People can speak without government permission. The First Amendment guarantees it. But regulators in many states have found a workaround.
They simply redefine some speech as conduct and then punish people for talking without an occupational license. Health coach Heather Kokesch Del Castillo received a cease-and-desist letter when regulators caught her talking about kale without a dietician license in Florida. History buff Kim Billups faced prosecution for talking about city landmarks without a tour guide license in South Carolina. And end-of-life doulas Akhila Murphy and Donna Peizer got busted for talking about in-home wakes without a funeral director license in California.
Anyone who speaks for a living can come under attack. So can concerned citizens who simply want to share their knowledge for free.
Mats Järlström, who has a degree in electrical engineering, did the math on red-light cameras after his wife got a ticket in Oregon. Using a calculator at the dining room table is not a crime. But when Järlström spoke up about flaws in the automated traffic enforcement system, the state hit him with a $500 fine for the unlicensed practice of engineering.
The message was clear: Shut up or pay.
Occupational licensing boards, set up to regulate conduct, frequently stray into the realm of speech. They flex their authority as modern censorship panels, and the problem is getting worse. Occupational licensing boards claimed jurisdiction over 5% of the US workforce in 1960. Today this rate has quintupled to 25%.
Fuzzy, shifting definitions — which the boards themselves control — put even more people at risk. Anything involving math can look like engineering, for example, if your influence expands every time you find new potential violations.
The mission creep caught up to North Carolina retiree Wayne Nutt in spring 2021. When he volunteered as an expert witness in a negligence case involving the design of a storm drainage system, the state Board of Examiners for Engineers and Surveyors investigated Nutt for illegally opining about engineering issues. The board concluded those opinions had been misdemeanors and told Nutt to never write or testify about engineering matters again.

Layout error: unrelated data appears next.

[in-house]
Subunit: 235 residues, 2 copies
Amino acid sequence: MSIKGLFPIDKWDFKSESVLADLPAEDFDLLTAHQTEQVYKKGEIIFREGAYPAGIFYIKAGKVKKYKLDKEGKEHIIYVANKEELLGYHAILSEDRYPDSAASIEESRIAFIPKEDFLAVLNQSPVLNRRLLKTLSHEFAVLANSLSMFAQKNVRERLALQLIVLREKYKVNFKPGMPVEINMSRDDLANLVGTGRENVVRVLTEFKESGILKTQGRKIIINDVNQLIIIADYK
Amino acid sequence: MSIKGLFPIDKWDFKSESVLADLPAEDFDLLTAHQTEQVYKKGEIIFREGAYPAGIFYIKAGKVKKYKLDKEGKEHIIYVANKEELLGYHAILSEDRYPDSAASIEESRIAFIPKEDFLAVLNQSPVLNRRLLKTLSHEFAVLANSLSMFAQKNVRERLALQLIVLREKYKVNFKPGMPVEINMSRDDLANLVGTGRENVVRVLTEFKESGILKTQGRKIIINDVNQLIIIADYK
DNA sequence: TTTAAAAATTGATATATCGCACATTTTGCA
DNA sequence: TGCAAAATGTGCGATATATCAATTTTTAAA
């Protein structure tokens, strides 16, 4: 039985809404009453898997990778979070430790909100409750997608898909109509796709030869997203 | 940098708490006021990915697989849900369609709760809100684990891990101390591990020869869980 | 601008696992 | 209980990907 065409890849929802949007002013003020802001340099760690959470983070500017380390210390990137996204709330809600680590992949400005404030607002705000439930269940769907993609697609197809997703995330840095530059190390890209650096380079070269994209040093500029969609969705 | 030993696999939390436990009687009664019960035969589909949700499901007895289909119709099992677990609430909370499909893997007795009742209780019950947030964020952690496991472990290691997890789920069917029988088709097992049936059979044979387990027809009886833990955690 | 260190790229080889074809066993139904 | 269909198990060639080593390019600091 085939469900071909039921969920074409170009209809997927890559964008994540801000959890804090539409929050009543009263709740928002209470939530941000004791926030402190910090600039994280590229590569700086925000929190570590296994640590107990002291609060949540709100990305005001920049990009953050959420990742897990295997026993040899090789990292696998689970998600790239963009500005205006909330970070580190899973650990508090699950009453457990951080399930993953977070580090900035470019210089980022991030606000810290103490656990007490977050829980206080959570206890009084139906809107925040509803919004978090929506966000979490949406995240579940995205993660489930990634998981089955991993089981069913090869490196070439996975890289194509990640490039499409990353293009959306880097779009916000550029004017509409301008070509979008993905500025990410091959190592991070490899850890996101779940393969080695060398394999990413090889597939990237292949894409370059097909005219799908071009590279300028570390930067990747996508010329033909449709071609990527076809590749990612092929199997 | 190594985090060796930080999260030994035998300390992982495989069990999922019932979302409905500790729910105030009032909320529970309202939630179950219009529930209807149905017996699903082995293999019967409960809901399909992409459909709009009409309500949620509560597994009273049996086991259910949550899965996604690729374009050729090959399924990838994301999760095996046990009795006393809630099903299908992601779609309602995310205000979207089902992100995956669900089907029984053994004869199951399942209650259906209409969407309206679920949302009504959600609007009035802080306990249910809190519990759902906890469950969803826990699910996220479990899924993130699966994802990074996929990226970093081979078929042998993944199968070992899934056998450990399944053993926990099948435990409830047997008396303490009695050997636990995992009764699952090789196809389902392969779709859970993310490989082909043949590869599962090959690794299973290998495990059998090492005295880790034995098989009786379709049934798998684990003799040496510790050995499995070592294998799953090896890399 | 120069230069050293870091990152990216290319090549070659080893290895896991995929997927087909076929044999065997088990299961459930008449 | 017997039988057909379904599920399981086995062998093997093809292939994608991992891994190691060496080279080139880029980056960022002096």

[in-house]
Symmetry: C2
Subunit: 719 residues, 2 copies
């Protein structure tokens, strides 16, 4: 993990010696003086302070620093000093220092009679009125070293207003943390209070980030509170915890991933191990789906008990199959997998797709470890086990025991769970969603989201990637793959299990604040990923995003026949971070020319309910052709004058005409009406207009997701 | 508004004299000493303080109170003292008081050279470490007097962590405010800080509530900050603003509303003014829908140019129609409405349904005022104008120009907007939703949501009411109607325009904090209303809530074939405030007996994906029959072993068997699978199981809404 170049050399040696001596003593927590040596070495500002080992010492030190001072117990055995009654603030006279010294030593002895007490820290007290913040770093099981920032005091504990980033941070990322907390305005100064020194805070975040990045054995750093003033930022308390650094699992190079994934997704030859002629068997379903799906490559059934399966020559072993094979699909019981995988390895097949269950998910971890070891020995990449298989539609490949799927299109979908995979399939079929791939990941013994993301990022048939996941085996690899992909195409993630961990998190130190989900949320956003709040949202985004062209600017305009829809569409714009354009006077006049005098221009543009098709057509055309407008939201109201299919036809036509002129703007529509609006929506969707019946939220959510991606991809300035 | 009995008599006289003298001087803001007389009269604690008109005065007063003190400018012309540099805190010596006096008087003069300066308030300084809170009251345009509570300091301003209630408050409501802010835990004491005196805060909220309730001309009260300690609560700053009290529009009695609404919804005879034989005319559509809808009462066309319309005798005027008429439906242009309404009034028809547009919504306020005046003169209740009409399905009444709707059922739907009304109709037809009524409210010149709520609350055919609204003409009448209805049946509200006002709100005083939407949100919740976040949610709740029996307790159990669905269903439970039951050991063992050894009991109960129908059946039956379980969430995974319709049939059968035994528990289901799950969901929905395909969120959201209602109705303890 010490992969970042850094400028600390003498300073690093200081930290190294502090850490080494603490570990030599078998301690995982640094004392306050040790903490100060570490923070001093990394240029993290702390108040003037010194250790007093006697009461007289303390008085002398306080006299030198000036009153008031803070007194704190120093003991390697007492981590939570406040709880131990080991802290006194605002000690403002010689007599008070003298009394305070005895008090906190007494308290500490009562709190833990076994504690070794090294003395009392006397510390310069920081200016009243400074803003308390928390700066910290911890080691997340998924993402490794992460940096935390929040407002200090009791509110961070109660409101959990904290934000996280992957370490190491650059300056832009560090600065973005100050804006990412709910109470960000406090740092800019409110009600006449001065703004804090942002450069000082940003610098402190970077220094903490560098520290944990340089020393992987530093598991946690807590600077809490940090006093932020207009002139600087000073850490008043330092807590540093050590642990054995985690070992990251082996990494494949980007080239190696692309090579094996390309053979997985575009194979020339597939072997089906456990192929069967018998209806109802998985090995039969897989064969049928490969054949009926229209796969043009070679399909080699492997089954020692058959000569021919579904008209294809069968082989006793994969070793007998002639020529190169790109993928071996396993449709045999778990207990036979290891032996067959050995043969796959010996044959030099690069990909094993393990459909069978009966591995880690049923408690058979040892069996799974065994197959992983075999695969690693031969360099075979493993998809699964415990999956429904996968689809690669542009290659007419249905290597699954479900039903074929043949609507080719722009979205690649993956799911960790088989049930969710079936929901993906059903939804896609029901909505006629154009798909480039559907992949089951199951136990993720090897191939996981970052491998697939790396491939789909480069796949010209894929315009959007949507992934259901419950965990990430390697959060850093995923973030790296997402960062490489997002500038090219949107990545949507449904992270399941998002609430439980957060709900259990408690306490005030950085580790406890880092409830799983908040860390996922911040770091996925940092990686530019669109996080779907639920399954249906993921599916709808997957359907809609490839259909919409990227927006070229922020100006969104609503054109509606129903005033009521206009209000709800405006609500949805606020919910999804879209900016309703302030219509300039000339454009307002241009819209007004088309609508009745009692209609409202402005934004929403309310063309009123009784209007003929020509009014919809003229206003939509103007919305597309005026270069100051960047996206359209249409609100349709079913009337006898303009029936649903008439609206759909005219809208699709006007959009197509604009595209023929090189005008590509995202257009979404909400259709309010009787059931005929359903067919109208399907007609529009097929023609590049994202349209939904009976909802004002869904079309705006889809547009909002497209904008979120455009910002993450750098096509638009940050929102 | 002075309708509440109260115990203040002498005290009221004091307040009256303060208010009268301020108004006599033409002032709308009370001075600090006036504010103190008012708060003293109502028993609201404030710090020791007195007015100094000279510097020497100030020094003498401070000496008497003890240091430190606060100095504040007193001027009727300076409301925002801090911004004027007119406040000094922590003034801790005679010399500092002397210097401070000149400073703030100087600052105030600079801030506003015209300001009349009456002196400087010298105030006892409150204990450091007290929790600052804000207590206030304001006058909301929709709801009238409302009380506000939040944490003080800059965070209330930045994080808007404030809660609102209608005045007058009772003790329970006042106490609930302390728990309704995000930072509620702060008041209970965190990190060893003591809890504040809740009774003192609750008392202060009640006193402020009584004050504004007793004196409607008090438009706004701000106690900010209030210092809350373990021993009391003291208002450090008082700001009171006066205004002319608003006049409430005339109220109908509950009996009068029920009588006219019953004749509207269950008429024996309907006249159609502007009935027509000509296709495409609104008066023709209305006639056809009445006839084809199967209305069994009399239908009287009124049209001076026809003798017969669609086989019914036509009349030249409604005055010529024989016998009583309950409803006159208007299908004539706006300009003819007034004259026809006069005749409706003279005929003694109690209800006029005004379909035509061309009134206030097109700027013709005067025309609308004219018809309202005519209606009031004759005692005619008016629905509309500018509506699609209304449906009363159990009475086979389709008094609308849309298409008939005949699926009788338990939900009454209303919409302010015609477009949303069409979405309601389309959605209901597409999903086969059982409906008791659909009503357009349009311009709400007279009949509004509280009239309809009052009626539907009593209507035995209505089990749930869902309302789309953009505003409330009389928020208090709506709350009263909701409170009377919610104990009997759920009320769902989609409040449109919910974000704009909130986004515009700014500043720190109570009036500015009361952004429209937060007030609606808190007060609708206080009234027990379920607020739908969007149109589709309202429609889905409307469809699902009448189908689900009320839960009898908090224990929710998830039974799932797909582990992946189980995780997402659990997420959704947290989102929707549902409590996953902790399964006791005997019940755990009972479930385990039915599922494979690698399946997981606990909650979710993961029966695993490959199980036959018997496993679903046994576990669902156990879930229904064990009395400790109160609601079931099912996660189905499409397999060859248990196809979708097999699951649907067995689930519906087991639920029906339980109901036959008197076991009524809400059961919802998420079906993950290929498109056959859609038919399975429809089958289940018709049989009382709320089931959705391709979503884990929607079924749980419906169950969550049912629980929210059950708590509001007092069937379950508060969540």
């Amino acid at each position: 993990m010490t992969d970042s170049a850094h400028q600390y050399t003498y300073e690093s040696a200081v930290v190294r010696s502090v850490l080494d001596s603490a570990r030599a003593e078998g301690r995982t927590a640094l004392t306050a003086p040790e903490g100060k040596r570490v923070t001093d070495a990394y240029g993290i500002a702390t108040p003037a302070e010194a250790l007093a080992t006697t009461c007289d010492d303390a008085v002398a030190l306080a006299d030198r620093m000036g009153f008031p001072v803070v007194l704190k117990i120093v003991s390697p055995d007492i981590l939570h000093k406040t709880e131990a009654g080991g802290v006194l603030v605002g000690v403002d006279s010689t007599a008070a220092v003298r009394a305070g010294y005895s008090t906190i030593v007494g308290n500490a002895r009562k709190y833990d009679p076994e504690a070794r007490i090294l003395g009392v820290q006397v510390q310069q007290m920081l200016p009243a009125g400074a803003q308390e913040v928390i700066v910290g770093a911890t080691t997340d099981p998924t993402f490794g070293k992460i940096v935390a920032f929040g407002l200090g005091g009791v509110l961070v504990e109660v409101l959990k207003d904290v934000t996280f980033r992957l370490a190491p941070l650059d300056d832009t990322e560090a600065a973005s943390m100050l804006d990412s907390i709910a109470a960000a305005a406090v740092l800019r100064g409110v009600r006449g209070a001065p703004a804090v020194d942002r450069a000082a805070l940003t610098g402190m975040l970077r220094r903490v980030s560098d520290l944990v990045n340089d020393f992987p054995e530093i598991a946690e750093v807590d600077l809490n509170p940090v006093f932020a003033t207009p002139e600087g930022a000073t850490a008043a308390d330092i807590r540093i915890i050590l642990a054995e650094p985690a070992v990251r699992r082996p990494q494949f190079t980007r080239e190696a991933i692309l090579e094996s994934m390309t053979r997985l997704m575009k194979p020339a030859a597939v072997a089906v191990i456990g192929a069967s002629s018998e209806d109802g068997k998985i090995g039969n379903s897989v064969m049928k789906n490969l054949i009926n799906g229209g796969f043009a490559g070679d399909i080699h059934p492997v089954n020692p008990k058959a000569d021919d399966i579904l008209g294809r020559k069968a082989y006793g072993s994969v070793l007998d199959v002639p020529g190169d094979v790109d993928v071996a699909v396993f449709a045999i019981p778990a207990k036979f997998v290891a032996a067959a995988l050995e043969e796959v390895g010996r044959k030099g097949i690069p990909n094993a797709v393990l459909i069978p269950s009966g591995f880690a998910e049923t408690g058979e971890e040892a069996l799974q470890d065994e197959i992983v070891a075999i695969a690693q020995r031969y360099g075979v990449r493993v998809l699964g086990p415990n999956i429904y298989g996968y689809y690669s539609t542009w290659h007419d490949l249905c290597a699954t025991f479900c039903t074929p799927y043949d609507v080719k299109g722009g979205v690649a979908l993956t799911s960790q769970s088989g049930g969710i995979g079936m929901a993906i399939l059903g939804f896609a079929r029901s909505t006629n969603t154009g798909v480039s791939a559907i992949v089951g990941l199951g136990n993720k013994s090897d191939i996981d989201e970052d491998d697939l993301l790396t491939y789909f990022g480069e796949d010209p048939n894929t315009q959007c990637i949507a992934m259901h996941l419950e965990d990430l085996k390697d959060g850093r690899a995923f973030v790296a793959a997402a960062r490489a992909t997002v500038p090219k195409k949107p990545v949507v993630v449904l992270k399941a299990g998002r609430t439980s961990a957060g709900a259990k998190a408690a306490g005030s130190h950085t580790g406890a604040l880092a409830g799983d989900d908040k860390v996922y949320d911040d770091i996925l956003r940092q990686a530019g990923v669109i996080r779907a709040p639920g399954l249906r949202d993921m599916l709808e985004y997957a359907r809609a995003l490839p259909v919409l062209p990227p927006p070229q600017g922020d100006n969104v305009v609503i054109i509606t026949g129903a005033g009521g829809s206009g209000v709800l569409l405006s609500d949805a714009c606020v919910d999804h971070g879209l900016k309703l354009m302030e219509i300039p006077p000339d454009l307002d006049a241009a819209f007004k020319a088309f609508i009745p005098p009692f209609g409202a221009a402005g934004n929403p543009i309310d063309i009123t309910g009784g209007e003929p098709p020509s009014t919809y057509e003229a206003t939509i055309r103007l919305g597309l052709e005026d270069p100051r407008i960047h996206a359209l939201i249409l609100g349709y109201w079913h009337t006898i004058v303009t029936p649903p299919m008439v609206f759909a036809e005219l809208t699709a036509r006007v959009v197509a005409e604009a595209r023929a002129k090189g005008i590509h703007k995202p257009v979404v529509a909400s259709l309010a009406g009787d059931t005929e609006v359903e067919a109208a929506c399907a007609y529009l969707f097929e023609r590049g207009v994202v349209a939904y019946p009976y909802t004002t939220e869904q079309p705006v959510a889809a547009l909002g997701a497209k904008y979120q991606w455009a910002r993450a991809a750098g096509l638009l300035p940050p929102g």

The board’s investigation had nothing to do with improper conduct. Nutt worked for 45 years as a chemical engineer for DuPont and other companies, so he knew how to follow standards. Instead, the state targeted Nutt for sharing his opinions without a professional engineering license — something he never needed during his career.
Rather than stay quiet, Nutt sued North Carolina and scored a First Amendment victory on Dec. 20, 2023. Our public interest law firm, the Institute for Justice, represents him.
“At its core, this case concerns the extent to which a law-abiding citizen may use his technical expertise to offer a dissenting perspective against the government,” the court held. “Stating that dissent required the speaker to use his expertise in several ways. He had to do some math. He had to apply recognized methodologies. He even had to write a report memorializing his work. Some of that work may plausibly be considered conduct. But it ends up providing him the basis to speak his mind.”
Other courts have come to similar conclusions. Järlström proved his right to talk about red-light cameras in 2018. Billups and other South Carolina tour guides won in the 4th US Circuit Court of Appeals in 2020. And end-of-life doulas in California secured a favorable ruling in 2023.
All of these cases build on NIFLA v. Becerra, a 2018 Supreme Court ruling that bans the government from claiming “unfettered power” to reduce a group’s First Amendment rights by imposing licensing requirements. “Speech is not unprotected merely because it is uttered by ‘professionals,’” the majority held.
Despite the string of First Amendment victories, battles remain. Del Castillo sued for her right to talk about food in Florida, but lost her case in 2019. A federal district judge held that her advice was “conduct,” not “speech.” Other professionals, ranging from teletherapists to horse massage instructors, have cases pending.
The underlying issue is clear: Experts and professionals have the right to express themselves. Their opinions matter, even when the topic is something technical like the design of public works.